British tourists heading abroad for their holidays will find the price of a local meal feels steeper than last year as the pound has lost value against 80% of global currencies in the past 12 months.
According to foreign exchange specialists Moneycorp, sterling is weaker against 38 of 50 global currencies compared with a year ago, and people travelling to Europe, or further afield to the States and Australia, may find their holiday money does not go as far as they hoped.
"The weak performance of sterling over the past 12 months means our summer pounds aren't going to stretch quite as far this year as they did last year," said Matthijs Boon, Moneycorp's director of travel money.
Moneycorp's Boon said British travellers could get more for their pound in countries where sterling has strengthened against local currencies, such as Argentina, South Africa and Brazil. However, he added: "Cheaper destination costs will need to be weighed up against the higher price of flights to get there, when compared to hopping on a plane over to mainland Europe."
However, there are still some far flung destinations where British holidaymakers' pounds will stretch further this summer compared to 12 months ago:
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Where will your pound go further in summer 2013?
The British pound has strengthened against the Japanese Yen by 14.8% compared to 12 months ago.
The pound is stronger than the Argentinian Peso by 11.7% compared to 12 months ago.
The British pound has strengthened against the South African Rand by 11.5% compared to 12 months ago.
The pound is stronger than the Jamaican Dollar by 8.9% compared to 12 months ago.
The British pound has strengthened against the Egyptian Pound by 8.6% compared to 12 months ago.
The pound is stronger than the Gambian Dalasi by 8.1% compared to 12 months ago.
The pound is stronger than the Brazilian Real by 3.3% than it was 12 months ago.
The British pound has strengthened against the Mauritius Rupee by 2.3% compared to 12 months ago.
The pound is stronger than the Russian Ruble by 1.7% than it was 12 months ago.
The British pound has strengthened against the Indonesian Rupiah by 1.4% compared to 12 months ago.
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For those intent on staying in Europe, the picture isn't helped by the cost of petrol. A recent report by the Post Office showed that motorists travelling to mainland Europe will find filling up with fuel a pricey business. The Post Office's Motoring on the Continent report showed that unleaded petrol prices have increased by 9p per litre over the past 12 months in Spain, and by 7p per litre in France, and as sterling remains weak the increases will be felt even more keenly for British travellers.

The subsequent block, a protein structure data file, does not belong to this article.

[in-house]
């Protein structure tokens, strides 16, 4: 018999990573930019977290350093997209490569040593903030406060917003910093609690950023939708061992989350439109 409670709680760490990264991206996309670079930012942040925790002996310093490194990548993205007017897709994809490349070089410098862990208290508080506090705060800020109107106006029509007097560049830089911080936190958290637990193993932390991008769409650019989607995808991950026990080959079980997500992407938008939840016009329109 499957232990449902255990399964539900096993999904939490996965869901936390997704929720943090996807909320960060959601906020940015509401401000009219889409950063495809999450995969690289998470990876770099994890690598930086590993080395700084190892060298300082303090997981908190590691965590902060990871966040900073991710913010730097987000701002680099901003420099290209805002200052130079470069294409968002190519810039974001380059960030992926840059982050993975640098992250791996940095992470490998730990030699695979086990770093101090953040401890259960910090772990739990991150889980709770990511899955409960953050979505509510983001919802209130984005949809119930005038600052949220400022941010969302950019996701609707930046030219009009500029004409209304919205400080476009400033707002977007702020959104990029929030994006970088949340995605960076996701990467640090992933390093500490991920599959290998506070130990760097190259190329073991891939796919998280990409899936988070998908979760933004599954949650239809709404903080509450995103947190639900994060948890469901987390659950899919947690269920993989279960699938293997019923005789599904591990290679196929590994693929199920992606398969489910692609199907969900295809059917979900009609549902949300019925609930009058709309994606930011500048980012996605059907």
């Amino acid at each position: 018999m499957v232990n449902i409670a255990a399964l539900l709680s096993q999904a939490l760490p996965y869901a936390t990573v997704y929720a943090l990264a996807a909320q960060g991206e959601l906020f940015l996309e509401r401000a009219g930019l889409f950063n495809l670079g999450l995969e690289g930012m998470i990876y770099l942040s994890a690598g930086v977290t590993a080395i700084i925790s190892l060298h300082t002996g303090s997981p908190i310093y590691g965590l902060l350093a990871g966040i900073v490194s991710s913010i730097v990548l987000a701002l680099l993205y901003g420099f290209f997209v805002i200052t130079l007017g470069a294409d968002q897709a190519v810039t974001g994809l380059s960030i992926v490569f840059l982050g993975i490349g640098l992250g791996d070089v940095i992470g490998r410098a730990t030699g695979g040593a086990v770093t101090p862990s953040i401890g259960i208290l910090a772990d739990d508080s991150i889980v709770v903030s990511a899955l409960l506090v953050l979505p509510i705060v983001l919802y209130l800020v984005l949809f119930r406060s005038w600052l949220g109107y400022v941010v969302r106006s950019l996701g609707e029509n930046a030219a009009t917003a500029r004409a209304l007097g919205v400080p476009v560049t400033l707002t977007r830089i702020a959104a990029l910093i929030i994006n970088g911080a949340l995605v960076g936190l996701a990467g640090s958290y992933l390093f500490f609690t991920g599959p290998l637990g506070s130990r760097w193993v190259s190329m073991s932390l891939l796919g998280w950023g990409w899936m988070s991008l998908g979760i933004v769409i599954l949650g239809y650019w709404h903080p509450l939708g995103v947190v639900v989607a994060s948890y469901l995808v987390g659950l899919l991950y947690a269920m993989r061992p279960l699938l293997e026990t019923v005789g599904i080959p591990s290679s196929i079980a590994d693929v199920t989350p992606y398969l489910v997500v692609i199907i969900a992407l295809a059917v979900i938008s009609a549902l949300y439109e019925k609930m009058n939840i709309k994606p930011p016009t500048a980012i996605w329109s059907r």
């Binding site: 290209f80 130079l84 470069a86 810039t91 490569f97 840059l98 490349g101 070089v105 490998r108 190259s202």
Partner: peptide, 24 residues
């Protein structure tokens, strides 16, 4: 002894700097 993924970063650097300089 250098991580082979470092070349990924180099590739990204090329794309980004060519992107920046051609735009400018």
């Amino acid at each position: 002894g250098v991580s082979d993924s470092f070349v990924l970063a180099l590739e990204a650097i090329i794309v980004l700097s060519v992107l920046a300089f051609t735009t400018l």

Moneycorp has the following advice for travellers to help their holiday money go that little bit further:
Don't use a credit card to withdraw money from an ATM abroad, you will pay the bank's exchange rate as well as a foreign exchange fee and an ATM fee. You will also owe interest on your withdrawal immediately.
Use a pre-paid currency card, such as Moneycorp's Explorer card, which you can load with money before you leave. You won't pay a foreign exchange fee when you withdraw cash from an ATM, and you'll also get a better exchange rate.
Avoid withdrawing from ATMs in shops as they are likely to charge a fee.
Take a combination of cash and cards to cover the first few days of your break. You may need cash for taxis or tipping in restaurants.
Order travel money online to get the best exchange rates. It can even be delivered to your home or a bureau de change at the airport you leave from.
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Where will your pound go further in summer 2013?
If you are a victim of a strike, or any other event beyond the airline's control (including ash clouds!), they must offer you a refund (in which case it's up to you to find a way home) or an alternative flight. While you are waiting for the flight you have the right to food and refreshment and accommodation.
If you are on a package holiday, your tour operator is entirely responsible for looking after you until you get back to the UK.
This is more likely to happen due to the financial crisis, but in some situations you are covered.
If you pay by credit card and it's over £100, you'll get a refund from the card company.
Your travel insurance may well cover you too, but check before you go.
Talk to the airline, and if it is temporarily misplaced they should arrange for it to be sent to your accommodation, and you should be either given cash to cover the essentials in the interim.
If it's completely lost you must wait 21 days and then make a claim for compensation. If you are travelling as part of a package you can claim costs from your operator.
If you are travelling within the EU you need an EHIC card, which gives you access to public healthcare. However, this won't necessarily be free, and if you need extra services such as accommodation for a carer, a helicopter home or a delayed flight, you could end up seriously out of pocket.
The only protection that will guarantee you will be looked after without running up a horrendous debt is by having travel insurance - which often covers up to £10 million of costs.
The most common form of theft is pick-pocketing, followed by theft from a car and bag snatching. Meanwhile, 752,000 of those surveyed had items stolen from their hotel room or villa.
If you have anything stolen, your only protection is insurance. You need to tell the local police immediately and get a crime reference for your travel insurer.